Celery Root and Apple Soup with Tarragon

By Josh Cohen
December 1, 2015
13 Comments


Author Notes: This recipe asks you to trust in the power of some very humble ingredients. You will be rewarded with a soup that is complex and delicious. You'll also discover how creamy and satisfying this soup can be, even though it contains no milk, cream, or butter. Slowly cooking the ingredients before deglazing with white wine helps to create a nice depth of flavor. (I chose to use water instead of stock in this recipe because when the water is added to the sautéed ingredients, fresh herbs, and spices, it creates a quick homemade stock that provides clarity to the dish in a way that generic vegetable stock could never do.)
Josh Cohen

Serves: 6 to 8

Ingredients

  • Olive oil
  • 2 small yellow onions, sliced
  • Salt
  • 2 pounds celery root, trimmed and peeled, cut into a medium dice
  • 2 apples
  • 1 clove garlic, smashed and roughly chopped
  • 1/4 teaspoon cayenne
  • 1/4 teaspoon white pepper
  • 3 bay leaves
  • 6 sprigs tarragon, plus 2 tablespoons reserved chopped tarragon leaves for garnish
  • 1 1/2 cups dry white wine
  • 6 cups water

Directions

  1. In a large pot or Dutch oven set over medium heat, add just enough olive oil to cover the bottom of the pot. When the oil is hot, add the onions and cook until they begin to soften and turn translucent, stirring occasionally. Season with a small pinch of salt.
  2. Add the celery root, season with a pinch of salt, and continue to cook for approximately 5 minutes, stirring occasionally. While the celery root is cooking, peel and core the apples, and cut them into thin slices.
  3. Peeling, coring, and slicing the apples probably took you about 5 minutes, so add the apples now. Continue to cook, stirring frequently, for 3 minutes. Add the garlic, cayenne, white pepper, bay leaves and tarragon sprigs. Give everything a stir. Add the white wine, turn the heat up to high, and cook until the liquid has almost entirely evaporated, stirring occasionally. Add the water, bring the soup to a simmer, then lower the heat so that the soup maintains a slow simmer. Gently cook the soup until the celery root is very soft. To test how soft the celery root is, stab it with a fork from time to time.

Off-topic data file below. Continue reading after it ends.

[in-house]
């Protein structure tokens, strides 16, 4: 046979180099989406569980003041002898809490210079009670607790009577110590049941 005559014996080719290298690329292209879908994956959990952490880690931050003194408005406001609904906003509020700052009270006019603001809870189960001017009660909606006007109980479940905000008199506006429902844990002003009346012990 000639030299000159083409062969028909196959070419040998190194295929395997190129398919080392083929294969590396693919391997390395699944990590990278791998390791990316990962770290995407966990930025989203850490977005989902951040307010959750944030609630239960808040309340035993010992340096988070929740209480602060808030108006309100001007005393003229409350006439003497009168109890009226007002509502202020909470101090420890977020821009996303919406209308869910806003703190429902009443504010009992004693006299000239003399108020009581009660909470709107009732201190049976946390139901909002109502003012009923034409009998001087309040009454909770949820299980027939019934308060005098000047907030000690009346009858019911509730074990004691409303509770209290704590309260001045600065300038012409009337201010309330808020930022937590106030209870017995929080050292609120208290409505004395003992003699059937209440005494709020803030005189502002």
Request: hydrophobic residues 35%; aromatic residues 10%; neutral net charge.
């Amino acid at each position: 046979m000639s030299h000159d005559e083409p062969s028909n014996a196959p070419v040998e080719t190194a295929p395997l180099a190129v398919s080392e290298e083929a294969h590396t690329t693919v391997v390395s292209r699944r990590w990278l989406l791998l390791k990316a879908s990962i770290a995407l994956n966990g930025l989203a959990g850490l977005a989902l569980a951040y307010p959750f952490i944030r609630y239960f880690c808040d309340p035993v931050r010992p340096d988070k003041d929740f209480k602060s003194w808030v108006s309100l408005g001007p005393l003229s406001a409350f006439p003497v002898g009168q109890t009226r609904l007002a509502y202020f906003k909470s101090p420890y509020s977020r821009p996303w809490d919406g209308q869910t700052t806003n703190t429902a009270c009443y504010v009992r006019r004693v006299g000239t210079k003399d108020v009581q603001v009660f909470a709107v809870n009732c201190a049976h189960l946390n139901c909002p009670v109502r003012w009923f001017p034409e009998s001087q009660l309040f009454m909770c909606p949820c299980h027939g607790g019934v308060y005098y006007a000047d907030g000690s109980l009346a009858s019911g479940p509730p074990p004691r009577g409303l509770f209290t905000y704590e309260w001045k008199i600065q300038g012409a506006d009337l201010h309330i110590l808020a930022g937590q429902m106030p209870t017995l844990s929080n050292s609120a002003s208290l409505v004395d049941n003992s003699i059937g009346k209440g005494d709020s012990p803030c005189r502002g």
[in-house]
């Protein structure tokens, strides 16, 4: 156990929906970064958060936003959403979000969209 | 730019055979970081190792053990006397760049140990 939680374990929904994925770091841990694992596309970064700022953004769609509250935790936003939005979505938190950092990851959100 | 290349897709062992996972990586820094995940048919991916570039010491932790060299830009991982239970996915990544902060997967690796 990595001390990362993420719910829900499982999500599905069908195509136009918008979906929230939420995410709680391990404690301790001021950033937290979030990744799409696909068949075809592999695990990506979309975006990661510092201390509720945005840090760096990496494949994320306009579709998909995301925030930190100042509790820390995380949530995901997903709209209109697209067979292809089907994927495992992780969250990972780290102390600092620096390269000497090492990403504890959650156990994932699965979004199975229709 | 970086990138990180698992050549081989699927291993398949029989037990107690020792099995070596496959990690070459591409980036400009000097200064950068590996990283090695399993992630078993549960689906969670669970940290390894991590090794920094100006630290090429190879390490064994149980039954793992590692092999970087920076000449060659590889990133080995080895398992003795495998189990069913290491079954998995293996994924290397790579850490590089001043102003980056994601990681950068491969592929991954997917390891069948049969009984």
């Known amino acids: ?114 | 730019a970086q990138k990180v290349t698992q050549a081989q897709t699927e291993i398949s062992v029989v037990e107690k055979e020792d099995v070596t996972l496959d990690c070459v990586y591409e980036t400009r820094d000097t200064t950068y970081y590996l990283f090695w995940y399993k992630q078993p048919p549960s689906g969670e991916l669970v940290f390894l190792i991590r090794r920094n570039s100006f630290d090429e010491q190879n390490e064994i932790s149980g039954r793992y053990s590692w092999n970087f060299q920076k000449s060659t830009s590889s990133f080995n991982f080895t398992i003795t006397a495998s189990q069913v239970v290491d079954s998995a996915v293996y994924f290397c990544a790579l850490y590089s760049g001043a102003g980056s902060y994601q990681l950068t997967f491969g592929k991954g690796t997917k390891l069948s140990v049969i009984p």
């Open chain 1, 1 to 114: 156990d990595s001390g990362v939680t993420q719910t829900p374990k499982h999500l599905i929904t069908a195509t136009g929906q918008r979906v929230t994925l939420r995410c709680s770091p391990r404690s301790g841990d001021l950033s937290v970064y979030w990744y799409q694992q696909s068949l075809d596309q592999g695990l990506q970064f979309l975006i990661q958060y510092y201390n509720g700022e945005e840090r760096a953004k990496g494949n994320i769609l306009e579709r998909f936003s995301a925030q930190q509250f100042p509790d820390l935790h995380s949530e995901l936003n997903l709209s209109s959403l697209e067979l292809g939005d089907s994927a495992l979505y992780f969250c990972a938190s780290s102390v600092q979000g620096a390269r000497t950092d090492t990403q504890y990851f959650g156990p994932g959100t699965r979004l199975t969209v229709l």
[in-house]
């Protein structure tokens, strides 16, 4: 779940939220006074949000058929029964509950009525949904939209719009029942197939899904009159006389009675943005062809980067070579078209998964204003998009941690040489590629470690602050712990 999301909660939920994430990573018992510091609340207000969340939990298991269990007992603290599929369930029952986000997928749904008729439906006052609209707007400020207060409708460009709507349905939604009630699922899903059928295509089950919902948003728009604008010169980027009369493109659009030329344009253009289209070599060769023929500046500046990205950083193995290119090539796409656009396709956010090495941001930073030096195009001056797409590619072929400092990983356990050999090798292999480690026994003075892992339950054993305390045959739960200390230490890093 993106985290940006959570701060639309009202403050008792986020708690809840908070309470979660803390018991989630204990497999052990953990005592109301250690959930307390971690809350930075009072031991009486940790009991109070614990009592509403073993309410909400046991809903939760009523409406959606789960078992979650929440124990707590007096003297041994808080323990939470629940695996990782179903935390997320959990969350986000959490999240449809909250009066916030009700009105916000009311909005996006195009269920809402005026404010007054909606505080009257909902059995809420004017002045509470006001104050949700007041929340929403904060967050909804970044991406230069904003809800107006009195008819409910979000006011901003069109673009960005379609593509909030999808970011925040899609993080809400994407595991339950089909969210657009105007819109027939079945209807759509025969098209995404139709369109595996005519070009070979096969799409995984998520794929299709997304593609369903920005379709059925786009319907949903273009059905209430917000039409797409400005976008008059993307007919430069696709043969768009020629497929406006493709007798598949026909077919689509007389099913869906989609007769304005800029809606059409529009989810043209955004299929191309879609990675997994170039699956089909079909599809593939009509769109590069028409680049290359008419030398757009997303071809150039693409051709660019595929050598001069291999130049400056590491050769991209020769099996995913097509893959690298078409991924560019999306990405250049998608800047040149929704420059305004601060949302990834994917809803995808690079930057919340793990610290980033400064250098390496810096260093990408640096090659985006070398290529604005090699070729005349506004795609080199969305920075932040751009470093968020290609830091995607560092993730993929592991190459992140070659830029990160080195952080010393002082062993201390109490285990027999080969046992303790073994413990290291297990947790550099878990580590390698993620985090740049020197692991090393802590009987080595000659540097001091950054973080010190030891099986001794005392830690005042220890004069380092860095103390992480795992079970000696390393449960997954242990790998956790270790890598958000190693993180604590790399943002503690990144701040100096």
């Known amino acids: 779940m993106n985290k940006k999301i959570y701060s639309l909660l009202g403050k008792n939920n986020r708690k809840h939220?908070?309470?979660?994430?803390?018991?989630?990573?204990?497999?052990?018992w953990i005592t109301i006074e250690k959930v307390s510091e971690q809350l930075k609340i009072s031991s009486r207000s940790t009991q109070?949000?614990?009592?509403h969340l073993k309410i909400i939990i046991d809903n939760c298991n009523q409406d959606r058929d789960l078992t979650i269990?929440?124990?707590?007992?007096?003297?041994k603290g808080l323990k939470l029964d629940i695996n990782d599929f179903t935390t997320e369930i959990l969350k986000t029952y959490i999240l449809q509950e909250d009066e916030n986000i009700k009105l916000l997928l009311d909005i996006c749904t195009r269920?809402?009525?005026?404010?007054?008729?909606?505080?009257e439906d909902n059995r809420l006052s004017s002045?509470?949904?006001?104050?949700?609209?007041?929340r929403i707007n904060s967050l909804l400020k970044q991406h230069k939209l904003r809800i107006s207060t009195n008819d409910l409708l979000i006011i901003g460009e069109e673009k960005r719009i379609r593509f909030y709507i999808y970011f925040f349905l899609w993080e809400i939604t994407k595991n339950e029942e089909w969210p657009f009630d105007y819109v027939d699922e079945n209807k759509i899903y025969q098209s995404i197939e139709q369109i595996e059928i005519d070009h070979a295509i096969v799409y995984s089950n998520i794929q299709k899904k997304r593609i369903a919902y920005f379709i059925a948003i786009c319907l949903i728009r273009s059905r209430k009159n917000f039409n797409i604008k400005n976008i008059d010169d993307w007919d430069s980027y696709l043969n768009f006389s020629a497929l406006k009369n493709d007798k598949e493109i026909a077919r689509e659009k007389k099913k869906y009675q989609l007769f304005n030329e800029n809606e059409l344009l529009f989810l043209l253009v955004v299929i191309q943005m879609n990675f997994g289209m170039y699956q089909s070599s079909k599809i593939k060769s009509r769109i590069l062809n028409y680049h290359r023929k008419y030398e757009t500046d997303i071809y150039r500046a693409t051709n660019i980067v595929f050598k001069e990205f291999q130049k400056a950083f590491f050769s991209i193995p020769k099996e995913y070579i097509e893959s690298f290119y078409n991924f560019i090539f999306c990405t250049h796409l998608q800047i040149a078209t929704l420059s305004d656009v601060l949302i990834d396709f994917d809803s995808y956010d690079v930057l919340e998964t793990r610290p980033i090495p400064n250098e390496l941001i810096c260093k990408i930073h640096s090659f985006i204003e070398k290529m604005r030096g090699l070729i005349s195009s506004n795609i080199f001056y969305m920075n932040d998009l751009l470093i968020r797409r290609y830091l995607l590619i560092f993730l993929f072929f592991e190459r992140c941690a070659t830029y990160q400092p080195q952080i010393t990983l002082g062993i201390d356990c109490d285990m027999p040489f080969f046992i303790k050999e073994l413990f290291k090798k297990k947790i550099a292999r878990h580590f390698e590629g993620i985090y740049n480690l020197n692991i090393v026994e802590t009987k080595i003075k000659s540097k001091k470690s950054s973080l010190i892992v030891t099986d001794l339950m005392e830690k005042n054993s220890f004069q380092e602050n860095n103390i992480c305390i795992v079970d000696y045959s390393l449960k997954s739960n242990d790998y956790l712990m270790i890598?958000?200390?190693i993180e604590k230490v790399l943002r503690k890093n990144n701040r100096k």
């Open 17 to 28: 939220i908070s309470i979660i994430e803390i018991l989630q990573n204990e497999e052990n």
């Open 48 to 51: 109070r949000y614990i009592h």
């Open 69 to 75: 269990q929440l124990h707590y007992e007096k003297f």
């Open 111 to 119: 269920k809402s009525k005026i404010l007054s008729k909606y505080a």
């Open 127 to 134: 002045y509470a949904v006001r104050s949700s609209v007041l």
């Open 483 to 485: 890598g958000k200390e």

4. When the celery root is ready, turn off the heat and remove the bay leaves and tarragon sprigs from the soup. Working in batches, transfer the soup to a blender, and blend on high speed until the soup is velvety smooth. If the soup is looking too thick, add a little water as necessary until you’ve achieved a better consistency. When all of the soup is blended, taste it. Adjust as necessary with salt, cayenne, and white pepper. To serve, garnish each bowl with some chopped tarragon and a drizzle of your best olive oil.

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Reviews (13) Questions (0)

13 Comments

cosmiccook September 22, 2018
Thanks Josh! As soon as we get a WIFF of cooler weather, I will do small batch tests of each. But seriously, when is a 1/2 teaspoon of pepper considered a lot? You got what, 8 cups total of soup --I'm scratching my head trying to figure out how this would be hot using the listed peppers. I'd understand if you were using Devil peppers but I don't bother cooking w cayenne with all the other options out there. I'd swap Aleppo pepper for a lemony taste.
 
cosmiccook September 22, 2018
Way too much pepper? I'll probably have to increase it. Will chicken stock diminish the celery flavor? What about a vegetable stock? Celery Root in New Orleans is NEVER inexpensive (app. $3 a LB) though I love it.
 
Author Comment
Josh C. September 22, 2018